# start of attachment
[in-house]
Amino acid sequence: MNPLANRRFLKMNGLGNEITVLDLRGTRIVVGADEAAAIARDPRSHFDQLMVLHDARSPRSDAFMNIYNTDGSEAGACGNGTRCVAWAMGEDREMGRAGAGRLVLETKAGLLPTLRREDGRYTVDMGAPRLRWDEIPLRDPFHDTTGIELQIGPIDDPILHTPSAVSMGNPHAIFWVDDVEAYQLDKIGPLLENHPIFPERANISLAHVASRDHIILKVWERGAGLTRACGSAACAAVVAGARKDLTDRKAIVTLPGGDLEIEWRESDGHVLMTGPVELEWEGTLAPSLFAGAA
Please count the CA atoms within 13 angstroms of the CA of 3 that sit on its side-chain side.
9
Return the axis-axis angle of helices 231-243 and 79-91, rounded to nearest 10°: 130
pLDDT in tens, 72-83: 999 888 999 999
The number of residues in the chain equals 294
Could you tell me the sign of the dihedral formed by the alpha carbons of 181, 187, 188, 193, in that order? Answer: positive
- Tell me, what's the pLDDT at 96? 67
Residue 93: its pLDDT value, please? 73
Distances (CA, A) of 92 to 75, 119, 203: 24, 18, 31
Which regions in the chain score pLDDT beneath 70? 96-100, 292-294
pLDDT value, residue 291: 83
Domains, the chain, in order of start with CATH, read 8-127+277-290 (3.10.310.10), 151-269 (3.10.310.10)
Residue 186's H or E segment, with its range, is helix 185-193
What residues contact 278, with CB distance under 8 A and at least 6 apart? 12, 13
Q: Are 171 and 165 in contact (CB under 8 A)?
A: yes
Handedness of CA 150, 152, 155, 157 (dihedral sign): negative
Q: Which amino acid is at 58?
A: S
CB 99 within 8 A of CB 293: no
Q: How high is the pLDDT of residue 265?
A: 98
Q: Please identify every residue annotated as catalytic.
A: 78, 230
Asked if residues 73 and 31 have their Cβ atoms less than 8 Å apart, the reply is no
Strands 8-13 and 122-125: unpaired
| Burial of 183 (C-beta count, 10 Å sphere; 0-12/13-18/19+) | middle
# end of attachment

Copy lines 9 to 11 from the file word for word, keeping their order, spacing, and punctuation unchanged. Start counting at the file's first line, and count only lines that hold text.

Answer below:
- Tell me, what's the pLDDT at 96? 67
Residue 93: its pLDDT value, please? 73
Distances (CA, A) of 92 to 75, 119, 203: 24, 18, 31